Claudio Says CREED Successfully Brings the Rocky Universe To a New Generation

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As far as boxing movies go, I’m not the biggest fan. There is a lot of room to be cheesy and repetitive. It’s a problem with the genre itself because there are only so many stories that can be told, so it’s up to the characters to really draw you in. “Creed” goes above and beyond that. It’s more than a boxing movie; it’s a movie about coming out of someone’s shadow, about fighting the good fight, and ultimately making a name for yourself through your own merits. Creed stars Michael B. Jordan as Adonis Creed, Sylvester Stallone as Rocky Balboa, and is directed by “Fruitvale Station” director, Ryan Coogler.


Adonis doesn’t go by “Creed” and would rather use his birth mother’s last name “Johnson.” He realizes that the world would see him differently if they knew who his father was. Adonis would rather work his way up with his own name than be handed everything because his dad happens to be the best boxer ever to live. However, his mom doesn’t want that life for him because of the trauma she felt dragging her late husband up the stairs of their house after every match bleeding and swollen. Of course our main character couldn’t care less about those fears. He breathes to fight and will risk being kicked out of his home to do so.

While I enjoyed “Southpaw” earlier this year, I couldn’t shake the fact that Billy Hope was your typical angst-filled punk with a chip on his shoulder. I understand it’s a violent sport, but I’m over seeing the main character stupidly cause all the bad in their life because they thought everyone was out to get them. I really appreciated how Adonis was raised humble. Yes, he had money and a very comfortable living, but he didn’t let himself be stricken with pride. Michael B. Jordan was the perfect choice for this role. He brings the intensity and heart to this film. At moments where things are grim, he’s able to channel all his emotion to bring everyone together. His quest for a mentor leads him to a familiar restaurant to enlist the help of his “Unc”, also known as Rocky Balboa.

I’m of an age where Stallone hasn’t really done his best work lately. “The Expendables” are fun movies, but they don’t hold up. Who would’ve guessed that Stallone had one more Oscar caliber performance left in him? Full disclosure, I’ve never seen a Rocky movie, so I don’t know how this character has progressed, but here he’s the weakest and most vulnerable I’ve ever seen Stallone. He’s retired from the ring and only worries about his restaurant. His life was a well-kept routine until the fateful day that one of his best friend’s son shows up. At first he’s reluctant to put him danger, but he sees something in Adonis that can only be compared to what he saw in Apollo. It will be great seeing Rocky in the corner for the next generation of films in this universe. It’s a tough race for Best Supporting Actor with Joel Edgerton and Jeff Daniels giving one of their best performances in “Black Mass” and “Steve Jobs”, respectively, but Stallone has to be in the conversation.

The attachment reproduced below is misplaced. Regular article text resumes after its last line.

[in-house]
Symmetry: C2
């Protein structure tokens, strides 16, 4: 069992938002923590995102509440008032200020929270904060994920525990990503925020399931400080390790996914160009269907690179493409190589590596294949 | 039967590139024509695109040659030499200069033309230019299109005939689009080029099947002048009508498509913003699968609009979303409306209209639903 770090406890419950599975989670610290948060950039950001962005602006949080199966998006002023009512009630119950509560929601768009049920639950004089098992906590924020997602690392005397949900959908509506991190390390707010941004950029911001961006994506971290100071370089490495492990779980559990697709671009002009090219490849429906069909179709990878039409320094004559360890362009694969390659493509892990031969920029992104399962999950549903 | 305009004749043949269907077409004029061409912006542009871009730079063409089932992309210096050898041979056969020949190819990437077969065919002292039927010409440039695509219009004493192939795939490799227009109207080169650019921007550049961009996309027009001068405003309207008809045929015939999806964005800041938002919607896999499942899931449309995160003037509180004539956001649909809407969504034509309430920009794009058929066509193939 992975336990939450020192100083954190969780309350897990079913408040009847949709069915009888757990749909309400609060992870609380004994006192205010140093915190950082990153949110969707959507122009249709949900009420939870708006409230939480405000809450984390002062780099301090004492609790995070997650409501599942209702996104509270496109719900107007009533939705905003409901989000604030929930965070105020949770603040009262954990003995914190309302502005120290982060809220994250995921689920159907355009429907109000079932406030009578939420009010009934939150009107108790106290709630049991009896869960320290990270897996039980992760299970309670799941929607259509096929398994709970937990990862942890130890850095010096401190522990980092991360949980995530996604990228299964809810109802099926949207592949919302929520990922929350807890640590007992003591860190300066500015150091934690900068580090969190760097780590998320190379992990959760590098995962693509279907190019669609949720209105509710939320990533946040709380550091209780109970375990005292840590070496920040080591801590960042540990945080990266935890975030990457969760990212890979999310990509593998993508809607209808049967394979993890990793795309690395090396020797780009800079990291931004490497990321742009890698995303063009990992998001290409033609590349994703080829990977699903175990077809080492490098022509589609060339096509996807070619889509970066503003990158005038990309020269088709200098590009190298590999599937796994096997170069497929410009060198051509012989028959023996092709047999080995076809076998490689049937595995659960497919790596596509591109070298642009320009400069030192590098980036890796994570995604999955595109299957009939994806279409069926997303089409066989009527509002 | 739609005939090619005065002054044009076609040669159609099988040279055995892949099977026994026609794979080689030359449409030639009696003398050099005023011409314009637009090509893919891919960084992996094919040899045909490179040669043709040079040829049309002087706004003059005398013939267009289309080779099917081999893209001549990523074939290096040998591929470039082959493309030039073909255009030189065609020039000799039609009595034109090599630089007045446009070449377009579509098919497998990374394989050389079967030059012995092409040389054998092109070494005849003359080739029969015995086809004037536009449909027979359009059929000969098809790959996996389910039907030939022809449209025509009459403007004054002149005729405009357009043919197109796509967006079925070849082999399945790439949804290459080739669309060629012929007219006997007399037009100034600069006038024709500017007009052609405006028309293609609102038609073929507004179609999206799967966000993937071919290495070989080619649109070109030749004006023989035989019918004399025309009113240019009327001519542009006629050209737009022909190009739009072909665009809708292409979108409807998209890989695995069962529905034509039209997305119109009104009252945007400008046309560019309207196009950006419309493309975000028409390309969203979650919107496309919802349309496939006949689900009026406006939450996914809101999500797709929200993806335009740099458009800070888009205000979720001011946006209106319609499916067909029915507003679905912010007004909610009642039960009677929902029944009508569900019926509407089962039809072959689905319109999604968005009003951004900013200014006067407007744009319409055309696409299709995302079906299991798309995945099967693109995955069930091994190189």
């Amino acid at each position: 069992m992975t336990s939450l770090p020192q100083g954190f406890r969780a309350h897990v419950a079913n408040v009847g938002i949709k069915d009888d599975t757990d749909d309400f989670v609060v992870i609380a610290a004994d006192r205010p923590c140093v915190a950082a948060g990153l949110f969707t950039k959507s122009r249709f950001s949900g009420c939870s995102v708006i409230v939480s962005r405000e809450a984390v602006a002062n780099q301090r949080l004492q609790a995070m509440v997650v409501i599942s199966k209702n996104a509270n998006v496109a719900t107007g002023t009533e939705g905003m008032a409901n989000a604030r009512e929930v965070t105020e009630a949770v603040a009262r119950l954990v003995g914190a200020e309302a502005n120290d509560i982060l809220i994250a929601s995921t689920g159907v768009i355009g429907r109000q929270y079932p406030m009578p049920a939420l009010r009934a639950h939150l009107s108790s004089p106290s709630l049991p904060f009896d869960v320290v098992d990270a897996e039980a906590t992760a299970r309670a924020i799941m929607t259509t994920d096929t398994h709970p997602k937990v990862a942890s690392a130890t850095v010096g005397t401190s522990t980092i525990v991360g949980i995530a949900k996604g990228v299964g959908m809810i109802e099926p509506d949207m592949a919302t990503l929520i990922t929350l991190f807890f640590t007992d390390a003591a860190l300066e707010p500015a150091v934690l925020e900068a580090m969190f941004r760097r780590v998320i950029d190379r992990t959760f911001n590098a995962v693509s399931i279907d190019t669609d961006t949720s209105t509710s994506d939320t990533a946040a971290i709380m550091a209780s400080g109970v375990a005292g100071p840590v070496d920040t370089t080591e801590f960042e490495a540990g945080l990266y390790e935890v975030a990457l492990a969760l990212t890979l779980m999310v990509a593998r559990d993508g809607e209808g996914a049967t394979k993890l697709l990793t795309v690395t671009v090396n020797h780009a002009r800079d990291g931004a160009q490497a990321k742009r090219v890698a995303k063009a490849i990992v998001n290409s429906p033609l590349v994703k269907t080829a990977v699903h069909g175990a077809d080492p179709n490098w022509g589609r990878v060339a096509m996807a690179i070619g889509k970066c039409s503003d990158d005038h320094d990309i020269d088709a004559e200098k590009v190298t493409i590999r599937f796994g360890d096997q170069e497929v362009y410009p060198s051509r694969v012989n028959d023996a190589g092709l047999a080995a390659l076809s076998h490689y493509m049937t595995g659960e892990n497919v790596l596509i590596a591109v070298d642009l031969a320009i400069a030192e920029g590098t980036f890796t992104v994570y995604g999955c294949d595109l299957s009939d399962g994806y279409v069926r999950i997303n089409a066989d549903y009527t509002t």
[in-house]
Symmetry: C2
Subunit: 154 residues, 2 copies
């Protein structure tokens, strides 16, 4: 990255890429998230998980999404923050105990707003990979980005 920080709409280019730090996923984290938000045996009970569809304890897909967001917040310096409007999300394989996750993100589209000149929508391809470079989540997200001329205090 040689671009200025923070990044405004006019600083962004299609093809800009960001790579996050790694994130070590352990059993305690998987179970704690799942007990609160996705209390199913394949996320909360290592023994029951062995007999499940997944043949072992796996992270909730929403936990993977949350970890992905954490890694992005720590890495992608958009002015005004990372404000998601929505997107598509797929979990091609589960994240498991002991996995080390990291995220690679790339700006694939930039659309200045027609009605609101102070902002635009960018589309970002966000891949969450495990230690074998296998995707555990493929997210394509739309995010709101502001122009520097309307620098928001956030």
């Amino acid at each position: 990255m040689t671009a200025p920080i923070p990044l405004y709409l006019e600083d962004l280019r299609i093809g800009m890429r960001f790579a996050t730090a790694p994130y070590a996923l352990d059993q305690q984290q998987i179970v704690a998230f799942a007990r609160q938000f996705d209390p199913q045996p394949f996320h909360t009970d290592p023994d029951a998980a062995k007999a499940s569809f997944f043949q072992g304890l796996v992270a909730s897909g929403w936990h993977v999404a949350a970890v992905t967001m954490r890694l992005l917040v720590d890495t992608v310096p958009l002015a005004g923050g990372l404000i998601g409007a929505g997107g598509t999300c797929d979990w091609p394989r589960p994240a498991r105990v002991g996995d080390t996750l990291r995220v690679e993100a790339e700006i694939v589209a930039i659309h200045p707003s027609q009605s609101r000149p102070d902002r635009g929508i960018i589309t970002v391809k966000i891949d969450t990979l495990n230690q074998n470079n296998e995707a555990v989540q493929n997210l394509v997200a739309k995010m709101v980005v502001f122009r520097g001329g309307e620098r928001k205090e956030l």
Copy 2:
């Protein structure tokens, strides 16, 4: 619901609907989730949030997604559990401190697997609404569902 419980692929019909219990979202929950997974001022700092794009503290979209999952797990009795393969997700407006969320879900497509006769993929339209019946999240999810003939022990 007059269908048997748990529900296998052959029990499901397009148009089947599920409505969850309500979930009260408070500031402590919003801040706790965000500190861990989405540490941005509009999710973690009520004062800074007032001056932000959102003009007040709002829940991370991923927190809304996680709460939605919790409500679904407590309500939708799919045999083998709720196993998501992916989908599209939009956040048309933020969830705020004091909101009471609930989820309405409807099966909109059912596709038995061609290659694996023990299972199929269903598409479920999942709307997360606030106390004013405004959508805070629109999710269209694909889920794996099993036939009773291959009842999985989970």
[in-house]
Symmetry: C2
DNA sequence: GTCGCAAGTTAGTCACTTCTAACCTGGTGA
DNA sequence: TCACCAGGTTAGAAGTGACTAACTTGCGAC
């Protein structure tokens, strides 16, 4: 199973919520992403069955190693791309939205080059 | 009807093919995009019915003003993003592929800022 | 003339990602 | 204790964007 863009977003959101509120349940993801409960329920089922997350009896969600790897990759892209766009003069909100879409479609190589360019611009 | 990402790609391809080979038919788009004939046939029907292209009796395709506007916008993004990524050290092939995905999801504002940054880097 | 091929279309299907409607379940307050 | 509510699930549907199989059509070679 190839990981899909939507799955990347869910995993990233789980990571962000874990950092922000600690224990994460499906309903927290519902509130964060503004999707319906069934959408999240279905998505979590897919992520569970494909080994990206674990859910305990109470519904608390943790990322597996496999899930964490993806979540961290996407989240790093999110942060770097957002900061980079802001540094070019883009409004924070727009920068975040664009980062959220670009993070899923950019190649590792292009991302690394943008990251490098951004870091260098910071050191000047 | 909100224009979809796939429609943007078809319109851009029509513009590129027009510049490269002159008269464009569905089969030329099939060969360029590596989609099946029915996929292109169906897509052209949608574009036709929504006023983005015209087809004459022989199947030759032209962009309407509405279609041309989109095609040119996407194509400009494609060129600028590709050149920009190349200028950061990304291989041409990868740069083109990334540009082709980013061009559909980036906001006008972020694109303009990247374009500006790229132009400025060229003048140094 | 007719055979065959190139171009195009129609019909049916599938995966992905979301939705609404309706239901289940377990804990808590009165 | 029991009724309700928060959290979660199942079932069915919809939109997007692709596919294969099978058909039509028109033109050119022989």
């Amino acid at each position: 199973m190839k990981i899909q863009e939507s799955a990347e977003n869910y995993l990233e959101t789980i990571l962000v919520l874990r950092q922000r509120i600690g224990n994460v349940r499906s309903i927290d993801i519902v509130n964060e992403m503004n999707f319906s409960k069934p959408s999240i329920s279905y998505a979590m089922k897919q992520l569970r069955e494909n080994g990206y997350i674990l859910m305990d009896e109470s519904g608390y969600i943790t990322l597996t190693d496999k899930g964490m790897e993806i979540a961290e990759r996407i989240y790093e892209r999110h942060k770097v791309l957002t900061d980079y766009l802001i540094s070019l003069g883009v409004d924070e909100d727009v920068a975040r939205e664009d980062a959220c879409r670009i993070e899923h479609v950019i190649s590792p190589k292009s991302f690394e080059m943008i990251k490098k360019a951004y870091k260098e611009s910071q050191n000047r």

From the first shot to the end credits, Ryan Coogler demonstrates what a monster he is at directing. While the pacing may have slowed dramatically in certain parts, a consistent pace and tone is kept throughout most of the runtime. I don’t know how it’s like to shoot a boxing match, but the fights, while obviously choreographed, looked astounding. Coogler is a masterful storyteller and I can’t wait for his next project. Seeing “Fruitvale Station”, I knew he had potential, but now he’s up there as one of my current favorites. No matter the genre of the next movie he does, I have high hopes he’ll knock it out of the park again. It’s not always that I go see a non-blockbuster movie more than once, but you’ll be seeing me in line for “Creed” this Thanksgiving weekend, and I hope some readers are there with me!

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